You end up with a beer that uses the drier red ale style, but isn’t dominated by it. The sweetness is present, but grounded by a very milky coffee character that mixes with it in the middle. The hops bring flavour, but it doesn’t go high on bitterness, nor rely on the hop flavours – it just uses them as subtle enhancement to turn this into a satisfying sipping ale.

So, pretty mellow and easy drinking. A good twist on the style but doesn’t abandon it. Solid.

Background: This is the second to last beer from the Honest Brew‘s set that a friend gave me for my birthday. Many thanks! Don’t know much about Eight Degrees brewing – so this is a new one on me – interesting times! This was drunk after seeing Goodfellas on the big screen, which was a hell of an experience. Broke out some Iron Maiden for drinking music as well.

Paddy Old Irish Whiskey

Paddy: Old Irish Whiskey (Irish Blended Whiskey: 40% ABV)

Visual: Grain to yellow.

Viscosity: Fast thick streaks.

Nose: Viscous. Strong alcohol jelly like fumes. Toffee. Grain. Hay fields. Fudge. Water smooths and makes nuttier. Light lemon comes out.

Body: Light. Sweet caramel. Lemon meringue. Very light alcohol character. Slightly nutty. Water adds nutty chocolate. Walnuts. Soft lemon. Banoffee pie.

Finish: Caramel. Orange crème. Light wood notes. Flour. Neat spirit air. Nutty. Water makes nuttier and mixed with chocolate. Coffee cake. Soft lemon. Banoffee.

Conclusion: Ok, from the aroma I was expecting something much worse. The aroma is very viscous and alcohol filled, while being pretty simple. Not a good start.

The main body then wasn’t actually to bad. A gentle sweetness, lemon and a small but gently rising nuttiness. In fact later on that nuttiness seemed to take more of a centre stage. There are notes that state the alcohol strength, but more in flavour than any harshness or fire. It isn’t the most complex whiskey I have encountered, nor the most smooth, but it definitely does the job.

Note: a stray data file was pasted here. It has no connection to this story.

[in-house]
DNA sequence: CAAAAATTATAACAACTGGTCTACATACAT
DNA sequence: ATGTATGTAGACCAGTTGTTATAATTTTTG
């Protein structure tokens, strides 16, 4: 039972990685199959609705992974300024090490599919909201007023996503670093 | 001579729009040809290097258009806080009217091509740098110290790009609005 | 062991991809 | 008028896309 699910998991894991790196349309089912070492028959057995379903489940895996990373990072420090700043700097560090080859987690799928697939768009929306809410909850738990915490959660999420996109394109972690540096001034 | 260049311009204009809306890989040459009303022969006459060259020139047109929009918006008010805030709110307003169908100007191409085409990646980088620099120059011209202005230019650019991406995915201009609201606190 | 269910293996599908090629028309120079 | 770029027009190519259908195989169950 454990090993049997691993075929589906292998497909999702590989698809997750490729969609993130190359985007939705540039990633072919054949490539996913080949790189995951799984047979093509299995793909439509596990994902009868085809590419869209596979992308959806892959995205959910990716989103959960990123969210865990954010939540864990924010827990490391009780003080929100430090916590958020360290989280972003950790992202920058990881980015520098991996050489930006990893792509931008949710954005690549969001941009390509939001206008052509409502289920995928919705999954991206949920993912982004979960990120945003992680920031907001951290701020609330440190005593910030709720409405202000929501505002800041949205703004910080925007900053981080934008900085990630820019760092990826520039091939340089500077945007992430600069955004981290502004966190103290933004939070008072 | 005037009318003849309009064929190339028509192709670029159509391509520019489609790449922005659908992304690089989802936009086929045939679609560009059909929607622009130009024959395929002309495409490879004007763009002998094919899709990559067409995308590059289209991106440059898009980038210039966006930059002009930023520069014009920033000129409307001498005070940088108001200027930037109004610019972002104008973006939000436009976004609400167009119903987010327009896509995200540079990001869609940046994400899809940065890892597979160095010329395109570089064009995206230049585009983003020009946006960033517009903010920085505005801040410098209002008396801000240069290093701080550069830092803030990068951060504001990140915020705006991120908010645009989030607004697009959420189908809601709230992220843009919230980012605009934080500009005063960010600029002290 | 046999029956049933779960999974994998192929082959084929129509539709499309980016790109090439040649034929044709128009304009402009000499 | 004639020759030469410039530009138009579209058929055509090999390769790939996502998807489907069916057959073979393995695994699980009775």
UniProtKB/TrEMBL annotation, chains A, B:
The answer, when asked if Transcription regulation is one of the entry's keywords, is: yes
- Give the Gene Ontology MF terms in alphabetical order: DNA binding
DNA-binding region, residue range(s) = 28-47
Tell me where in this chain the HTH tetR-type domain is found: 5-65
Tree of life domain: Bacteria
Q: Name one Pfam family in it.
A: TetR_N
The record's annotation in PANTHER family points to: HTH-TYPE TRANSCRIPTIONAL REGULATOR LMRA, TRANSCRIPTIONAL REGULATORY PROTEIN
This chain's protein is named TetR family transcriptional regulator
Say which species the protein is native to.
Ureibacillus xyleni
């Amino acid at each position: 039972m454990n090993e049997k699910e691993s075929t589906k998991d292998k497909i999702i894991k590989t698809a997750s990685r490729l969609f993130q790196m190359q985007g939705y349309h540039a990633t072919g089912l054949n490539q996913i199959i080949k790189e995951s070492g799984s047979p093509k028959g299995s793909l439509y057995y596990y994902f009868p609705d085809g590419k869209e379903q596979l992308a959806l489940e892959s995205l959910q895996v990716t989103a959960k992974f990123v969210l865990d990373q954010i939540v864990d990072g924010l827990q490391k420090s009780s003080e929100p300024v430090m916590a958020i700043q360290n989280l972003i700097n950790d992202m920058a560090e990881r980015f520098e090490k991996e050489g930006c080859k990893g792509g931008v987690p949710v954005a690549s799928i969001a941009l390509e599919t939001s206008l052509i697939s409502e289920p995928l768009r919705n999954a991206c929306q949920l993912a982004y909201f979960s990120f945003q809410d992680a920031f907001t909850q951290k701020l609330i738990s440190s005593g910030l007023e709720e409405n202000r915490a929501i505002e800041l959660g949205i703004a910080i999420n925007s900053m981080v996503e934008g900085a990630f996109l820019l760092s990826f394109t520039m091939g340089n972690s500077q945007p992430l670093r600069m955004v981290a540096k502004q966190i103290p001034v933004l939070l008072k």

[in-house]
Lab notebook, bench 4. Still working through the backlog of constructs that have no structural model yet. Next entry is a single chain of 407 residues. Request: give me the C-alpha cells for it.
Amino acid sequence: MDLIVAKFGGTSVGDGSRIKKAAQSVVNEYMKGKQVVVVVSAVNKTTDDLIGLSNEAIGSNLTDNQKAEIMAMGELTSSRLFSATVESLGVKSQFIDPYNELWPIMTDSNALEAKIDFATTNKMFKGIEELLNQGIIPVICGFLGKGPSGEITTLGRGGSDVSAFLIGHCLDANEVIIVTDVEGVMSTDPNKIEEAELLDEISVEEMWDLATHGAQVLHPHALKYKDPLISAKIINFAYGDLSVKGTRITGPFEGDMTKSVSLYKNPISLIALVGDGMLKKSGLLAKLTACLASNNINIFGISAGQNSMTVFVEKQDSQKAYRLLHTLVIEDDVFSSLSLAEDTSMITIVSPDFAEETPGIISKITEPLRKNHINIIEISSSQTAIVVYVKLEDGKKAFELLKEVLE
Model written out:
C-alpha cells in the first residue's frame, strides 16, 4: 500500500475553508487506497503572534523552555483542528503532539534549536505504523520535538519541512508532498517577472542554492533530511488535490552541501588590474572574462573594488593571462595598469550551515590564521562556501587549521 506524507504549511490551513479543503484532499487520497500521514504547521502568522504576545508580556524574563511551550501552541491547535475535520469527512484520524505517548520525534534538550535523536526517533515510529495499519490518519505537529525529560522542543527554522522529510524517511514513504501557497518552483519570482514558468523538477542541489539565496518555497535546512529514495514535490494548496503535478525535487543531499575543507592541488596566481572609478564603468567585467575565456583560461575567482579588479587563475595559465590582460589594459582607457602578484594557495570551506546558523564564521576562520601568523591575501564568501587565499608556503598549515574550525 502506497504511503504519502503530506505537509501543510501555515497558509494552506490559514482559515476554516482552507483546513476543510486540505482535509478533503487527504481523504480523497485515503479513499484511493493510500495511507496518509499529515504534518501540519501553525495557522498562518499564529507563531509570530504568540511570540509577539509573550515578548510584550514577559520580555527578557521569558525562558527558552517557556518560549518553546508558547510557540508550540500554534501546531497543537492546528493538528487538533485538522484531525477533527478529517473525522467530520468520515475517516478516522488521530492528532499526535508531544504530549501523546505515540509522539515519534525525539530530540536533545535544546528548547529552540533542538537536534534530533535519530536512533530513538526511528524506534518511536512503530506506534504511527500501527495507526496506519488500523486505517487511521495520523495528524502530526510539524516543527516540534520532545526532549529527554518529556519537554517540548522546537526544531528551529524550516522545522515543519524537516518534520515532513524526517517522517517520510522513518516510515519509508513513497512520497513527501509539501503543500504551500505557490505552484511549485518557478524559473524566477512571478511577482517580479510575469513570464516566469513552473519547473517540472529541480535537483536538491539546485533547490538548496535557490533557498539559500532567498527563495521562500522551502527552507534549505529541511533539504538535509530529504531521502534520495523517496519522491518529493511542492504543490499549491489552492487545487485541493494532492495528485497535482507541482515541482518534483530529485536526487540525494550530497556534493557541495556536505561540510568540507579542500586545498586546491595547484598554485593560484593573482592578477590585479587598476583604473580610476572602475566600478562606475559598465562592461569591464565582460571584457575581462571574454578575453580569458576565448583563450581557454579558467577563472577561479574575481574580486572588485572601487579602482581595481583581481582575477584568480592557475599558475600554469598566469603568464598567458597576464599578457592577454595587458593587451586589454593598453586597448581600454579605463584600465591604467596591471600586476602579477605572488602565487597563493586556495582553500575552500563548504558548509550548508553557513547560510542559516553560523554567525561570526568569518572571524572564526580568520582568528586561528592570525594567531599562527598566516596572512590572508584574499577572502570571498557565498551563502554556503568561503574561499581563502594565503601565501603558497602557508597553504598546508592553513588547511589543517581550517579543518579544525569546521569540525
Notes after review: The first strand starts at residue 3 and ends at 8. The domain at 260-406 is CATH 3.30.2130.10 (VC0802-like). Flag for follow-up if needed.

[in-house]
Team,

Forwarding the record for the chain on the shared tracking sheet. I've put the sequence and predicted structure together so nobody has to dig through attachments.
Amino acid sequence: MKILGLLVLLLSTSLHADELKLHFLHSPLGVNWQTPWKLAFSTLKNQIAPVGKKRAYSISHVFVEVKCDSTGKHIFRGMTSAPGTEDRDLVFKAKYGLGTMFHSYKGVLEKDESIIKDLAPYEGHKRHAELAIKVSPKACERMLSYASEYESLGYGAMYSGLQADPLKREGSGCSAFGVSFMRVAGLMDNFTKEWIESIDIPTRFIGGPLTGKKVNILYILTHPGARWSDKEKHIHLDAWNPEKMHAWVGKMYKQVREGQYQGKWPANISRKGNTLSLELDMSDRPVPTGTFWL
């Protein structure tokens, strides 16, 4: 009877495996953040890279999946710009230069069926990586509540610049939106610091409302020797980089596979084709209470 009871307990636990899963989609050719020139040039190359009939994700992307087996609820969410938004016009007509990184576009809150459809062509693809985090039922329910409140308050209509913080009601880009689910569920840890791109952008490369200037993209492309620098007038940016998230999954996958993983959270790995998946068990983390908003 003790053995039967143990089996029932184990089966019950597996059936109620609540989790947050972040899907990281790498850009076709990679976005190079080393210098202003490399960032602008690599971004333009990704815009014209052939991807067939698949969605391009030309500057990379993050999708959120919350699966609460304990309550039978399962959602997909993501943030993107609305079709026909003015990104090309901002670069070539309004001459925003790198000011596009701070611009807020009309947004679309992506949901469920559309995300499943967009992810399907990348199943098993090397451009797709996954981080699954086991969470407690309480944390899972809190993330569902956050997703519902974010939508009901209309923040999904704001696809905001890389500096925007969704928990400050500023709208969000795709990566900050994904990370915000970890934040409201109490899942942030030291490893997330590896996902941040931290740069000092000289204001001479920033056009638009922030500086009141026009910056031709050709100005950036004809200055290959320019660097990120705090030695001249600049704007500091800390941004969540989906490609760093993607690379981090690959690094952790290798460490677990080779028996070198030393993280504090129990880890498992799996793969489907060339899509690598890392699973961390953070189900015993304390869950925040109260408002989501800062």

Water enhances the nuttiness and brings out nice banoffee pie notes. It is very gentle like this – you can still feel the rougher edges at the centre (edges? At the centre? Ah, ya know what I mean. Hopefully). There are also some rough edges in the finish- not harsh – just a very raw spirit kind of air. This doesn’t stop it being a pretty gentle drinking and satisfying whiskey. A gentle lemon comes out and that keeps the nutty and banoffee notes from dominating and becoming too sweet, thus keeping the sipping character of a good Irish whiskey.

If I hadn’t known how inexpensive this is then, barring the aroma, I would never had guessed. It is not a special, take your time to examine, whiskey, but for the price it is great value. Frankly it is very easy to justify just keeping a bottle around for enjoying with mates. It is genuinely better that a bunch of more expensive whiskeys I have gad. A solid sweet whiskey with a nice range – there is a touch too many alcohol flavours there and a not so great aroma, but mid body it is rock solid. Definitely worth the asking price.

Background: Grabbed this one on a whim, I was already grabbing some whisky from The Whisky Exchange and this mini was under three quid, so seemed a fair thing to take a risk on. A full 70cl bottle is fairly cheap as well – a quick google shows prices between 20 and 25 pounds. The bottle is plastic rather than glass, but that is not too unexpected at this price point. Drunk while listening to Ihsahn: After – I hadn’t listened to that strange mix of guitar noise for awhile, so broke it out.